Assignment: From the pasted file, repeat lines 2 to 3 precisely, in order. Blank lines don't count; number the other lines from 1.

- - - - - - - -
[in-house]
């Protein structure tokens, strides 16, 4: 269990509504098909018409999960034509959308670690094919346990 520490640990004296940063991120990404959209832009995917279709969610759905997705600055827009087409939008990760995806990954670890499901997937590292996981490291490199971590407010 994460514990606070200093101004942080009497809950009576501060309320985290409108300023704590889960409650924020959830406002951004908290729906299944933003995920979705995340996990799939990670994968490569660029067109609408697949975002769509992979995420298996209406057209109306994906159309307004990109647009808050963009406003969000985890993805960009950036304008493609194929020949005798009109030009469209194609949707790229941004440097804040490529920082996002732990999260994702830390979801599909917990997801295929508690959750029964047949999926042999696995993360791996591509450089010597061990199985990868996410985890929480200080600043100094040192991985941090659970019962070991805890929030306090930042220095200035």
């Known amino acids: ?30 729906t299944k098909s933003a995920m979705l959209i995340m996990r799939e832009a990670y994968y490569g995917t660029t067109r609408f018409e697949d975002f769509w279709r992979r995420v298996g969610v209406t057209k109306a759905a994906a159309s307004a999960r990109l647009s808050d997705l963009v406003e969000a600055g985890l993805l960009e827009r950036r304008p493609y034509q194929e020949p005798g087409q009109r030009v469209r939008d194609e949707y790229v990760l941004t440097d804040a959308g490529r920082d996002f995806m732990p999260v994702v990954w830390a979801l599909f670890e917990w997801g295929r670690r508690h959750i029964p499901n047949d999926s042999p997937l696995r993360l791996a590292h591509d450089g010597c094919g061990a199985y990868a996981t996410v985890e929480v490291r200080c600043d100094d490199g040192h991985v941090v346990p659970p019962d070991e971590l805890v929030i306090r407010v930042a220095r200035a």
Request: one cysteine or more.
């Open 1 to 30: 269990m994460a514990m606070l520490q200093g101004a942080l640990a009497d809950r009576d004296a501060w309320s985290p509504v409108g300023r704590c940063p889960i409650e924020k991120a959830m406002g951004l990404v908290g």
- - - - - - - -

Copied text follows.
């Protein structure tokens, strides 16, 4: 269990509504098909018409999960034509959308670690094919346990 520490640990004296940063991120990404959209832009995917279709969610759905997705600055827009087409939008990760995806990954670890499901997937590292996981490291490199971590407010 994460514990606070200093101004942080009497809950009576501060309320985290409108300023704590889960409650924020959830406002951004908290729906299944933003995920979705995340996990799939990670994968490569660029067109609408697949975002769509992979995420298996209406057209109306994906159309307004990109647009808050963009406003969000985890993805960009950036304008493609194929020949005798009109030009469209194609949707790229941004440097804040490529920082996002732990999260994702830390979801599909917990997801295929508690959750029964047949999926042999696995993360791996591509450089010597061990199985990868996410985890929480200080600043100094040192991985941090659970019962070991805890929030306090930042220095200035």
């Known amino acids: ?30 729906t299944k098909s933003a995920m979705l959209i995340m996990r799939e832009a990670y994968y490569g995917t660029t067109r609408f018409e697949d975002f769509w279709r992979r995420v298996g969610v209406t057209k109306a759905a994906a159309s307004a999960r990109l647009s808050d997705l963009v406003e969000a600055g985890l993805l960009e827009r950036r304008p493609y034509q194929e020949p005798g087409q009109r030009v469209r939008d194609e949707y790229v990760l941004t440097d804040a959308g490529r920082d996002f995806m732990p999260v994702v990954w830390a979801l599909f670890e917990w997801g295929r670690r508690h959750i029964p499901n047949d999926s042999p997937l696995r993360l791996a590292h591509d450089g010597c094919g061990a199985y990868a996981t996410v985890e929480v490291r200080c600043d100094d490199g040192h991985v941090v346990p659970p019962d070991e971590l805890v929030i306090r407010v930042a220095r200035a």